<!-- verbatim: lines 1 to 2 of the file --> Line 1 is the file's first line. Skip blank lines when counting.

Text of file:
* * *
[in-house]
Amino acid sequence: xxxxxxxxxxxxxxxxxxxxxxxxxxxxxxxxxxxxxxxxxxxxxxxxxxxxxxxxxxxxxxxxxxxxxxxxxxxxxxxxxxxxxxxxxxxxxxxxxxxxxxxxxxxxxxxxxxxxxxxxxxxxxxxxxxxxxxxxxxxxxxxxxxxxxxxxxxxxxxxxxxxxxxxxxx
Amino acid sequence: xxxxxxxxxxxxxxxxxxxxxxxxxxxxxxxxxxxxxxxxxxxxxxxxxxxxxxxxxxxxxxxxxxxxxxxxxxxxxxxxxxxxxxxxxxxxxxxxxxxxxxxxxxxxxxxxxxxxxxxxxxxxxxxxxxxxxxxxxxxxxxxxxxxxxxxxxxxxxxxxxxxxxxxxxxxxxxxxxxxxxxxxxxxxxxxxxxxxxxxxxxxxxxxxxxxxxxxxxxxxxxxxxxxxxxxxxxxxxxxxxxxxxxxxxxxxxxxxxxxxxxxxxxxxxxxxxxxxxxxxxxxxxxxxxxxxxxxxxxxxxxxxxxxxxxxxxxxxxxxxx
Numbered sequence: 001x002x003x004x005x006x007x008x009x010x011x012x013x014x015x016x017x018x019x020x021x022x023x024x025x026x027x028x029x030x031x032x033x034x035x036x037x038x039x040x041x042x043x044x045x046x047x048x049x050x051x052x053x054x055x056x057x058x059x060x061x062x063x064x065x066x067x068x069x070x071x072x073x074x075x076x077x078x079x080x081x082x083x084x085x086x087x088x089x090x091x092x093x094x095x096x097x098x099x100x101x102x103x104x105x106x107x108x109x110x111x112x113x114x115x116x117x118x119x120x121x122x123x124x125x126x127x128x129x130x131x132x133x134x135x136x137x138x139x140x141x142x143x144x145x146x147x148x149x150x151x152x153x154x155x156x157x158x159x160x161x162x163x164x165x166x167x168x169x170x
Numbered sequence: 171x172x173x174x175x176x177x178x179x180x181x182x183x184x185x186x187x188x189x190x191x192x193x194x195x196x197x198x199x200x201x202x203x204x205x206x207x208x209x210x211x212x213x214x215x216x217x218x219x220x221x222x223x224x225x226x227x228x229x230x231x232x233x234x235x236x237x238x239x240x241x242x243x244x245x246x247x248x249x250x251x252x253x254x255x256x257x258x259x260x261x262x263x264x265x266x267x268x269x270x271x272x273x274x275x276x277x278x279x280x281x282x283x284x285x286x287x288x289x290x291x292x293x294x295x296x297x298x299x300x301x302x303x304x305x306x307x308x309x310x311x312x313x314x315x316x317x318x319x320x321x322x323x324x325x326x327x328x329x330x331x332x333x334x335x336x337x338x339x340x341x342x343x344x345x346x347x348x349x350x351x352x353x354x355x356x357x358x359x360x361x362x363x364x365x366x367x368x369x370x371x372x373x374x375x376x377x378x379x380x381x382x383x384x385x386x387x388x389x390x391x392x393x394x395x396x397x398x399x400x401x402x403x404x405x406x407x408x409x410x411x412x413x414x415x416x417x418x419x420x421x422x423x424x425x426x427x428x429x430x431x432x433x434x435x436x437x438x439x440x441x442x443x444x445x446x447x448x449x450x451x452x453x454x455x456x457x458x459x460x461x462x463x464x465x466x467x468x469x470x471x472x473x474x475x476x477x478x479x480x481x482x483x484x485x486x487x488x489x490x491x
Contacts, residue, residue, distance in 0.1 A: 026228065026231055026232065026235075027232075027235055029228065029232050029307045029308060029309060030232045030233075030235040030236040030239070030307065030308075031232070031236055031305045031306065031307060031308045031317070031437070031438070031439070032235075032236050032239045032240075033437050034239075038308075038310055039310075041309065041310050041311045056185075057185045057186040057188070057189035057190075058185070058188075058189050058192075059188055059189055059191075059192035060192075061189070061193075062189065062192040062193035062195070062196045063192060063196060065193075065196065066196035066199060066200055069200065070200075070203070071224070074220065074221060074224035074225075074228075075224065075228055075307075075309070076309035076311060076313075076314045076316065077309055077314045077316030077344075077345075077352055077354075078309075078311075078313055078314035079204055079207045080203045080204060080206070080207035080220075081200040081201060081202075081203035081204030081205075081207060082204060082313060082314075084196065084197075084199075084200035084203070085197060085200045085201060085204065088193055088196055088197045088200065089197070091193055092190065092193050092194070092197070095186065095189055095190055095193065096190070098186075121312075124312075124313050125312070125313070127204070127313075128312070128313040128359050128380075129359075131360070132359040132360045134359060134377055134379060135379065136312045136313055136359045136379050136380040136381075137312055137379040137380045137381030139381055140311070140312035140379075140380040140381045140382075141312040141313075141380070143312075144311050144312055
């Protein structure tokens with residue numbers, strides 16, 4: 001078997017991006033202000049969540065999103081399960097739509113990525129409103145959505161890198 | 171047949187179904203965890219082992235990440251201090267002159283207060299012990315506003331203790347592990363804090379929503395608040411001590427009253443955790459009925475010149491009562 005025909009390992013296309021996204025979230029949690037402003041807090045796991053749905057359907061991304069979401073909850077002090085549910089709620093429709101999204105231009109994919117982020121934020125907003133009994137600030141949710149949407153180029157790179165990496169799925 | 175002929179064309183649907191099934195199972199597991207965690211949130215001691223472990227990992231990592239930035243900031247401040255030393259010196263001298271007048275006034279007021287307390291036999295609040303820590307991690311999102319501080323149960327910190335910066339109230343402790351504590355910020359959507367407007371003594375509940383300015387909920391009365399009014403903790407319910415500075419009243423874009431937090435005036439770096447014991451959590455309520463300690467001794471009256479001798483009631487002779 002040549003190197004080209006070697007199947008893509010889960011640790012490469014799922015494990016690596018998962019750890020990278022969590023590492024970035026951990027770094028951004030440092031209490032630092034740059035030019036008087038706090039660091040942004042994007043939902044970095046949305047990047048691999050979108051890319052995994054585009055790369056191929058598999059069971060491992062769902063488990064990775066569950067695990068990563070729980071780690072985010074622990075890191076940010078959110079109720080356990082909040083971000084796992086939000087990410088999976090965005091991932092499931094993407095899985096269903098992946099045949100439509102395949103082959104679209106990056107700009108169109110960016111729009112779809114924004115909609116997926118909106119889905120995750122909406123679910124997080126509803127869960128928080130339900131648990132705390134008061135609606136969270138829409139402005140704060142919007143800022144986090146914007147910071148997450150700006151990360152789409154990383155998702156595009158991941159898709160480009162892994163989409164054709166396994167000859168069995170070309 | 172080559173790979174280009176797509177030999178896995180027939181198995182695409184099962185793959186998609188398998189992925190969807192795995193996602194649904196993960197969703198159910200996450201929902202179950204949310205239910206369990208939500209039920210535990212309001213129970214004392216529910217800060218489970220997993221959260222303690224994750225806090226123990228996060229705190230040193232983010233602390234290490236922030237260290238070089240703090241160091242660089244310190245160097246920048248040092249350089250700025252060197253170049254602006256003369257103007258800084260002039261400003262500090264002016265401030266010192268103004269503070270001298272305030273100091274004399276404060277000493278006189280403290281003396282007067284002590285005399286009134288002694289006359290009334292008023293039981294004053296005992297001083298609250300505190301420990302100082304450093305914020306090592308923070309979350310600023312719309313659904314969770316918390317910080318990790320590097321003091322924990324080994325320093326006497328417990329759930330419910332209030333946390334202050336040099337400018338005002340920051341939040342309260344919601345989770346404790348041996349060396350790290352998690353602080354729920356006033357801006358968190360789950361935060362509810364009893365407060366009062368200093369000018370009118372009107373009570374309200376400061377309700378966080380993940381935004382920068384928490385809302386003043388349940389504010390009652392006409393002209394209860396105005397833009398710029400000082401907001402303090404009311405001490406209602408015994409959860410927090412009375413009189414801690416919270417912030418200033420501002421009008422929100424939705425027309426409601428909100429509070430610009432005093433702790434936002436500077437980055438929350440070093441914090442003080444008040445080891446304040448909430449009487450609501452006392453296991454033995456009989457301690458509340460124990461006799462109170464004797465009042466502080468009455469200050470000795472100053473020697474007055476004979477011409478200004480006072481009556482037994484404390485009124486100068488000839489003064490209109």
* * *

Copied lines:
[in-house]
Amino acid sequence: xxxxxxxxxxxxxxxxxxxxxxxxxxxxxxxxxxxxxxxxxxxxxxxxxxxxxxxxxxxxxxxxxxxxxxxxxxxxxxxxxxxxxxxxxxxxxxxxxxxxxxxxxxxxxxxxxxxxxxxxxxxxxxxxxxxxxxxxxxxxxxxxxxxxxxxxxxxxxxxxxxxxxxxxxx